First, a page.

* Mainland developers driving up prices for premium lots
* Attracted by city's legal stability, global connections
* Local developers cautious after rapid price growth
By Yimou Lee
HONG KONG, July 2 Chinese developers are moving
aggressively into Hong Kong, outbidding their cross-border
rivals for prime sites as policy uncertainty and falling
property prices on the mainland send them scouring for
opportunities to invest overseas.
The mainlanders see the southern territory as a lucrative
market based on the absolute earnings enjoyed by Hong
Kong-listed developers, which have beaten those of companies
listed in mainland China over the past decade.
With some bids up to 20 percent above analysts' forecasts,
mainland companies such as state-controlled Poly Property Group
Co Ltd are pushing up prices for popular sites in one
of the world's most expensive real estate markets.
Fears of a bubble - prices have more than doubled in the
Asian financial hub since 2008 - have proven no deterrent, while
forecasts from some analysts of a 10 percent drop in prices this
year have fallen on deaf ears.
But fatter margins aren't the only thing Hong Kong has to
offer. Chinese developers also like its legal stability and
status as a world city, giving them a platform to gain
experience abroad and build brand awareness, industry watchers
"More and more Chinese developers are coming to Hong Kong,"
said Alvin Yip, managing director of investment and advisory
services at property consultancy DTZ.
"They are not coming only for opportunities in Hong Kong,
but also using Hong Kong as a base to invest in Europe, the
United States and other parts of the world."
In Kai Tak district - one of Hong Kong's largest
developments covering 320 hectares (790 acres) of residential
and commercial complexes - half of the six available land plots
were bought over the past year by state-owned developers,
including China Overseas Land & Investment Ltd and
While hard data is not yet available to quantify the trend,
it is rare to see mainland developers so active in public
auctions of Hong Kong land. Observers also have been surprised
by the mainlanders' willingness to out-spend their Hong Kong
In May, a luxury residential site on Hong Kong island
fetched the city's fifth-highest land price per square foot when
it was sold to a consortium of local and mainland Chinese
developers, including Hui Wing-mau, chairman of Shanghai-based
Shimao Property Holdings', and mainland commercial
developer Mingfa Group International.
"The premium price they (Chinese developers) offered
surprised the market," said a senior executive at a Hong Kong
property company, which was out-bid by state-owned developers in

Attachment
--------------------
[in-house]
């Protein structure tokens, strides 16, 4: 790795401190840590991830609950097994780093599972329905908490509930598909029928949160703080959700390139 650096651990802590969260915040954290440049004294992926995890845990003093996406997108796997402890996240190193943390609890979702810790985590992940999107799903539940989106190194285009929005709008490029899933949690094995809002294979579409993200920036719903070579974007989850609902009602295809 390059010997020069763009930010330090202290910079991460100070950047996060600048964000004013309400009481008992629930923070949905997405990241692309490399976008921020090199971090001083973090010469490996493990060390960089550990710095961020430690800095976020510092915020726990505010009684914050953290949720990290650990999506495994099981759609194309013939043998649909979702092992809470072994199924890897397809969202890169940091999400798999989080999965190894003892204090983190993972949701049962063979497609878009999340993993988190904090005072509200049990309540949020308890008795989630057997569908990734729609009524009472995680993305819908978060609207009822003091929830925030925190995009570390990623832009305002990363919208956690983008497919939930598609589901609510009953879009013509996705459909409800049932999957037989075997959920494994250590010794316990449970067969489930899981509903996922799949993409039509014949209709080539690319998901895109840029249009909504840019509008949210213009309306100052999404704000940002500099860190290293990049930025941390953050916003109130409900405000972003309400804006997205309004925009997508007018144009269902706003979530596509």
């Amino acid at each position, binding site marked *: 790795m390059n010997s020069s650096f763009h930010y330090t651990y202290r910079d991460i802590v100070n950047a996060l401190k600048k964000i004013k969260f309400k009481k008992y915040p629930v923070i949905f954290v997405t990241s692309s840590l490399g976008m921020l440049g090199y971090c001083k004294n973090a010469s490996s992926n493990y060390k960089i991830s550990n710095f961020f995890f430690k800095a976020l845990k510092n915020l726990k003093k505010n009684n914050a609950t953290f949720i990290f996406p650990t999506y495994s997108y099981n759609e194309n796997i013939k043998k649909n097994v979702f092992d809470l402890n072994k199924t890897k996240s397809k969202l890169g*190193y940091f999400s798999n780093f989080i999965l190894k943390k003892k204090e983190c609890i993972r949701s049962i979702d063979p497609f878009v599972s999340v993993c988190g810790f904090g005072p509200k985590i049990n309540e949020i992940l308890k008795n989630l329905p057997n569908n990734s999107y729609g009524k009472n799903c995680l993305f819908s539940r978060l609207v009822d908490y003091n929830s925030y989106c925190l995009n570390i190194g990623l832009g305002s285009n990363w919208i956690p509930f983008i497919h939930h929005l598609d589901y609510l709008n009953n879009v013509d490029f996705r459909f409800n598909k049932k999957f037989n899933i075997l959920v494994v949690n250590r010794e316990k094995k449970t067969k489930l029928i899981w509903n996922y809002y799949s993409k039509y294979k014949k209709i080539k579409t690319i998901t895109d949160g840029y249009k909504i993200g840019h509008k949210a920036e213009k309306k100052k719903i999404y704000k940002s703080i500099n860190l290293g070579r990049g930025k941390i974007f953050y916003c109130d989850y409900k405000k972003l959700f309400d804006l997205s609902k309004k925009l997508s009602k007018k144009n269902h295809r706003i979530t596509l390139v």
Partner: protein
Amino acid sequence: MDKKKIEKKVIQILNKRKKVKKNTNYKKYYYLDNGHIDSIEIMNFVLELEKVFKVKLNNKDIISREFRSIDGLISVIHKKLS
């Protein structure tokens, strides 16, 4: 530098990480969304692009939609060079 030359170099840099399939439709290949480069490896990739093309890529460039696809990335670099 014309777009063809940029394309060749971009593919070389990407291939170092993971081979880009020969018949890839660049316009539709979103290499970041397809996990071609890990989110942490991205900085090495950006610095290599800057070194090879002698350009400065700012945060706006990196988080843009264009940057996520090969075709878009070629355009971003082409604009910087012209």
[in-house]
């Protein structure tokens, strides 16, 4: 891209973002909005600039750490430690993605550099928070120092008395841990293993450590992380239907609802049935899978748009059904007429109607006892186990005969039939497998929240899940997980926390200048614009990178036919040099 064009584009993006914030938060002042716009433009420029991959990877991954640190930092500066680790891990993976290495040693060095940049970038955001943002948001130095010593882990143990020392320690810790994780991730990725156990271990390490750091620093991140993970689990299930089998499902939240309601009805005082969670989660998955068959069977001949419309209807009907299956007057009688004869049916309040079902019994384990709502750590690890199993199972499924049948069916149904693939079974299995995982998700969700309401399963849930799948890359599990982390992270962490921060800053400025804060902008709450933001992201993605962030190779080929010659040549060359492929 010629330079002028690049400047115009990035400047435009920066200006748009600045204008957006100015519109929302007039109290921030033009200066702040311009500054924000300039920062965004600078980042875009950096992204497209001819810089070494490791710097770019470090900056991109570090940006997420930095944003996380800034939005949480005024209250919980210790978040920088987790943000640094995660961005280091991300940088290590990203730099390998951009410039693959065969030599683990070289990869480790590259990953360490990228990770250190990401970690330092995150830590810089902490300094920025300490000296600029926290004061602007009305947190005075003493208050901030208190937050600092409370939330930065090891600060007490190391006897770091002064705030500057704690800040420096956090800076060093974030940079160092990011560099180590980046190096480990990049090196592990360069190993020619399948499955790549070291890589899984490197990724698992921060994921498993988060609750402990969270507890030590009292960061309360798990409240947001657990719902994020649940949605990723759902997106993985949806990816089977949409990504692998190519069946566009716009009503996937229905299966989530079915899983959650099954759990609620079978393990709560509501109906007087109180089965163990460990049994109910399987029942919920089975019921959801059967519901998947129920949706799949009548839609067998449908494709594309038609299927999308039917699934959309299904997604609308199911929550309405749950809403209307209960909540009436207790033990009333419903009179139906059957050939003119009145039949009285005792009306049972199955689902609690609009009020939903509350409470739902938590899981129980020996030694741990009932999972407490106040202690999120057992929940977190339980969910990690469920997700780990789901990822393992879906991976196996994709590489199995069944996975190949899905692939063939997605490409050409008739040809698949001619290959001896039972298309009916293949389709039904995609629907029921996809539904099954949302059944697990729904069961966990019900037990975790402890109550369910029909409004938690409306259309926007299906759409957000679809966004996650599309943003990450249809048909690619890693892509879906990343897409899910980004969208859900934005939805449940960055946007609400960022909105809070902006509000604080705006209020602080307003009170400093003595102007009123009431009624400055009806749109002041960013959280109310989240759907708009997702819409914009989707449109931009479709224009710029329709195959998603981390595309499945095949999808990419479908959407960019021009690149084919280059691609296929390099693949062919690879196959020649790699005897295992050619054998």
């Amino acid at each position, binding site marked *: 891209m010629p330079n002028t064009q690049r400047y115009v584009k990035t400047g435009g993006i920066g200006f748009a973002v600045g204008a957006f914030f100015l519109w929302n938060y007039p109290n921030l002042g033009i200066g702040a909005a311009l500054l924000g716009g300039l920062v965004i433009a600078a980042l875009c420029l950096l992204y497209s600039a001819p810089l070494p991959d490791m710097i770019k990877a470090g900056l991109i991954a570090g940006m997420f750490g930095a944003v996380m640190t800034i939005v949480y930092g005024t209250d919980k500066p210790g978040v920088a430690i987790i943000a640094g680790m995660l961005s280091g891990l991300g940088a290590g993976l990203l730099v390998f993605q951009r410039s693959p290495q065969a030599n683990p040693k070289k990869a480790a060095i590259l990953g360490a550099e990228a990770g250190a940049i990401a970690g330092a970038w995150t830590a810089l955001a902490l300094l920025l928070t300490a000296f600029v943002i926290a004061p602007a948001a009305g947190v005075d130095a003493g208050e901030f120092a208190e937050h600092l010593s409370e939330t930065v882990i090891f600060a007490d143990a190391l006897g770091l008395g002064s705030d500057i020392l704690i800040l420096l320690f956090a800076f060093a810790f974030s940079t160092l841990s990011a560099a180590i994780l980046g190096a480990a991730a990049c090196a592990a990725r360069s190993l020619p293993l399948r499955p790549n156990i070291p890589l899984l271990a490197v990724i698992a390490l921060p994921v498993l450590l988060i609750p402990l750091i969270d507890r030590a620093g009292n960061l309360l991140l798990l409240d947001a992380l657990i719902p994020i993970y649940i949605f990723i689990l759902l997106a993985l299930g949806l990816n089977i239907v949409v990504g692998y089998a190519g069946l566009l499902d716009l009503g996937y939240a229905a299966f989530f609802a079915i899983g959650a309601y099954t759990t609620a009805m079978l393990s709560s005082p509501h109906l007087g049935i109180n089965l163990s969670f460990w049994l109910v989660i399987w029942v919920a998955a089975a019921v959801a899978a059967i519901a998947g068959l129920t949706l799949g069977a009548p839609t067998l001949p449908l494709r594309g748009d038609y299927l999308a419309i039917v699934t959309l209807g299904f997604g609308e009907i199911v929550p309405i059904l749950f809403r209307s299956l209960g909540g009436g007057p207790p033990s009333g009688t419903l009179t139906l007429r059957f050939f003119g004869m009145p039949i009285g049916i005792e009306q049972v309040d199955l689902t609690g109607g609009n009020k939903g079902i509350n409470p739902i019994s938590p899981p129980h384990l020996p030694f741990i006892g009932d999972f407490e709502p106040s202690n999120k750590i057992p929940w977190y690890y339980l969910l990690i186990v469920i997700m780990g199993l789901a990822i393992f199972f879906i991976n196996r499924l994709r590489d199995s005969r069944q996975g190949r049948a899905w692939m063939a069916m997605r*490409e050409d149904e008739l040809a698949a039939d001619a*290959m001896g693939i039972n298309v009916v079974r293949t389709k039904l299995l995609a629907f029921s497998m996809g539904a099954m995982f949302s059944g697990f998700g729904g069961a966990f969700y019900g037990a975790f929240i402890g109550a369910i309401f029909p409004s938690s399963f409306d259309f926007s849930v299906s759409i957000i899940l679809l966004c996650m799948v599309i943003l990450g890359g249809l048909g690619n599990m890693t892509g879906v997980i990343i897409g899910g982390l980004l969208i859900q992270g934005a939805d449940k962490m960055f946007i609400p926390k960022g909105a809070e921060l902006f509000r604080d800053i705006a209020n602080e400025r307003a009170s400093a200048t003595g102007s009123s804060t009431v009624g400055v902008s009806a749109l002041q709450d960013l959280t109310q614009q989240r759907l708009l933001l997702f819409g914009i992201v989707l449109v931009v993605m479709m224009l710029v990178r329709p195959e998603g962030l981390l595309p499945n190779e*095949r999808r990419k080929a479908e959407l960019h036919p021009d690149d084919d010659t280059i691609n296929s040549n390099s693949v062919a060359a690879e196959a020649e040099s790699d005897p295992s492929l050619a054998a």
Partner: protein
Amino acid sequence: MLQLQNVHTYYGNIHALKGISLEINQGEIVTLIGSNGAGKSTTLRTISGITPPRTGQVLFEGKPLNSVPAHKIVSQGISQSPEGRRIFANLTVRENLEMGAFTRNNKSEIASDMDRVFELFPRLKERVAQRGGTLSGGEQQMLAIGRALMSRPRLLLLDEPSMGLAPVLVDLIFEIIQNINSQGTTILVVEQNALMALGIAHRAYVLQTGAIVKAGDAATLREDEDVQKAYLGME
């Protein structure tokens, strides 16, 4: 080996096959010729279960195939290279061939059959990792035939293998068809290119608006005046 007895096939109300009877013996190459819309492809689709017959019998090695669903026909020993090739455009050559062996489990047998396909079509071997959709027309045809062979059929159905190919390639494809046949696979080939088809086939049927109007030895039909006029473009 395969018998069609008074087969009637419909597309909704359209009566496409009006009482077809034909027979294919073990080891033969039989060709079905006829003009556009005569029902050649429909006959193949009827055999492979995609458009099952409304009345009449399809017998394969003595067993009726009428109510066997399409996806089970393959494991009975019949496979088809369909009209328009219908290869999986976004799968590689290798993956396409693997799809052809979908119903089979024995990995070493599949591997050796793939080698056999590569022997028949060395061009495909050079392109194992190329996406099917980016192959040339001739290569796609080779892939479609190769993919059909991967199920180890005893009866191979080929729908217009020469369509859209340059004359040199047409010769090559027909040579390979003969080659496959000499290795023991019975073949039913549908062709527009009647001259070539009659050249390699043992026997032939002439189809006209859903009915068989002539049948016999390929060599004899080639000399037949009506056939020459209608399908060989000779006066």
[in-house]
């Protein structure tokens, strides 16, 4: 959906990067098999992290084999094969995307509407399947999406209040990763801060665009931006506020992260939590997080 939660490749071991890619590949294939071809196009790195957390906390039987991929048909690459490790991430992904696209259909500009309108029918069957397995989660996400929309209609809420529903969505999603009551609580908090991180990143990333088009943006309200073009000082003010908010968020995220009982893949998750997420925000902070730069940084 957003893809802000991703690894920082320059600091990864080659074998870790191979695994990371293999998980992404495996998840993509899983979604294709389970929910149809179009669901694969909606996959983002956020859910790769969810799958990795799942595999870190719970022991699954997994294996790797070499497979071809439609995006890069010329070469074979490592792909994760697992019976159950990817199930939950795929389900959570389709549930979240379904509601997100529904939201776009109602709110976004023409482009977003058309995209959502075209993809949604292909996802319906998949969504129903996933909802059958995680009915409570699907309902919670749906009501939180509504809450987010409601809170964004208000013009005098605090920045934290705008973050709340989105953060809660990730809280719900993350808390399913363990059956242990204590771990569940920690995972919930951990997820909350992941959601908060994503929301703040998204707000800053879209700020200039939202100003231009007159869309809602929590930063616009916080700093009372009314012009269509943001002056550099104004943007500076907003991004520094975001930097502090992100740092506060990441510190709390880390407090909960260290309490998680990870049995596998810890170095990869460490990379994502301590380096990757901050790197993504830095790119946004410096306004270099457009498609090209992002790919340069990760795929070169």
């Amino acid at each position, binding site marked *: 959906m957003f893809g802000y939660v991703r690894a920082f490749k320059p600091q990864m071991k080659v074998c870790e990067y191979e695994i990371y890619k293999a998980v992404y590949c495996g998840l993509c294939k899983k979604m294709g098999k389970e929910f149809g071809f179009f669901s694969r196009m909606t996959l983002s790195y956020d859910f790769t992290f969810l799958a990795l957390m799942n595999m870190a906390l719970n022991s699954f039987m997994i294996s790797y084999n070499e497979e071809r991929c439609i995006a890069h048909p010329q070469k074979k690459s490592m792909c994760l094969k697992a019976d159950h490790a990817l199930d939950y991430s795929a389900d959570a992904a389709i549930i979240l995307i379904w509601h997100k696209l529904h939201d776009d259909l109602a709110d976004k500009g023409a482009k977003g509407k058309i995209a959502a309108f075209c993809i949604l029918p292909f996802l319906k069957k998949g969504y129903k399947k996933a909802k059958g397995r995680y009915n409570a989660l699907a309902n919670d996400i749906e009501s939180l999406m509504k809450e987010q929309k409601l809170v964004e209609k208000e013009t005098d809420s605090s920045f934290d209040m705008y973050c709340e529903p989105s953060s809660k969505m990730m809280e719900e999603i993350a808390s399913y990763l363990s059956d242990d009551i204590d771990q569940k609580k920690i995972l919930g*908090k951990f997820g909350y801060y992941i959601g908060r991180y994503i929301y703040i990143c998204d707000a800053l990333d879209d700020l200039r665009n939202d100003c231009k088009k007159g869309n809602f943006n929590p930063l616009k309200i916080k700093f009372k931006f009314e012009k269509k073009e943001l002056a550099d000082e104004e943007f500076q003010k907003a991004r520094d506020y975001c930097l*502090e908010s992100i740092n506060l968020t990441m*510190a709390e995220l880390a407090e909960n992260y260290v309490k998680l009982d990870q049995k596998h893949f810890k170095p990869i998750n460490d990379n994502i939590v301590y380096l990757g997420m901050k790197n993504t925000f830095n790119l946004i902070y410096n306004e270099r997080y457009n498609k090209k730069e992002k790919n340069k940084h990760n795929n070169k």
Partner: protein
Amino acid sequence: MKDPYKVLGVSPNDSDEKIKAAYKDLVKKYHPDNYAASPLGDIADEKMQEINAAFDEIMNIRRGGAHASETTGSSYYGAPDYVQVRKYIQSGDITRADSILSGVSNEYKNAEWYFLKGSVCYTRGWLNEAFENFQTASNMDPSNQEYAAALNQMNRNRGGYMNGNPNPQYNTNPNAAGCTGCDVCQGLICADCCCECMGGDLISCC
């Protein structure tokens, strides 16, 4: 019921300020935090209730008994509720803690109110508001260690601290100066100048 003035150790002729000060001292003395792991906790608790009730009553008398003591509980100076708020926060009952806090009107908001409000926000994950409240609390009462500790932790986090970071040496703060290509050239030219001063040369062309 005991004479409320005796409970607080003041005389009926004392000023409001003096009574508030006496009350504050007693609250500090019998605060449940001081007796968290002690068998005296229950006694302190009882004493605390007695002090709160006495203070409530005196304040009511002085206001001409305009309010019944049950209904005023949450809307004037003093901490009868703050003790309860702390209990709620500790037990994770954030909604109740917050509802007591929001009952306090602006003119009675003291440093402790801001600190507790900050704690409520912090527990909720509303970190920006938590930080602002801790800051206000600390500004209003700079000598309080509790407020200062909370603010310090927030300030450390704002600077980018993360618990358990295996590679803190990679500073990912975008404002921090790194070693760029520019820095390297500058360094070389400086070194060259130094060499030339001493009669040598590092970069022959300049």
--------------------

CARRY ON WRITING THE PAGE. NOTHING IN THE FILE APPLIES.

several land auctions.
"Chinese developers are more optimistic, while locals remain
pessimistic due to uncertainty in the market," said the
executive, who declined to be identified as he was not
authorised to speak to the media.
China Overseas Land declined to comment, while Poly did not
respond to several interview requests.
Mainland investors are boosting their exposure to Hong Kong
just as the city's homegrown developers have started to slow
their own pace of site purchases, in response to rising land
prices, sliding sales and pressure on margins from competition.
Hong Kong billionaire Li Ka-shing's Cheung Kong (Holdings)
did not buy anything in Hong Kong or China last year -
for the first time in 15 years.
Another major Hong Kong-based developer, Sino Land Co Ltd
, spent just HK$4.5 billion ($580.53 million) on land
over the past two years, a slower rate of spending than normally
would be expected, according to Macquarie. It also became a net
cash developer, taking a conservative position by amassing
enough cash to invest in future projects after total liabilities
are accounted for.
The local firms' caution has opened opportunities for
mainland rivals seeking a more stable investment environment
than they have at home, where the government has introduced a
raft of regulations to control rampant speculation.
China has spent more than four years trying to tame record
home prices on concerns that they were stoking an asset bubble,
with measures including strict rules for mortgages and
restrictions on the number of homes that one family can own.
Banks have made it harder for home buyers and small developers
to get loans.
"We always have full confidence in Hong Kong. We just
recently bought a piece of land in Wan Chai," Yu Liang,
president of the country's biggest developer, China Vanke Co Ltd
, said in May, referring to a residential site near
Hong Kong's Central business district. Media reports said it
paid a 20 percent premium to similar sites recently sold in the
The company's Hong Kong subsidiary last year set a new
record for prices in Tsuen Wan district when it bought a
residential site in partnership with Hong Kong's New World
Development for HK$3.4 billion.
Analysts warned, however, that the new Chinese entrants may
have to sacrifice margins in order to gain a foothold in the
city, where overall home transactions are expected to hit a more
than five-year low in the first half of 2014 and construction
costs are soaring due to labour shortages.
"They may be willing to sacrifice margins for their first
one or two projects in town," Macquarie property analyst Raymond
Liu said in a research note in May.
"New entrants may have low or even no margin expectations
versus local developers."
($1 = 7.7515 Hong Kong Dollars)
(Additional reporting by Tripti V Kalro; Editing by Anne Marie
Roantree and Stephen Coates)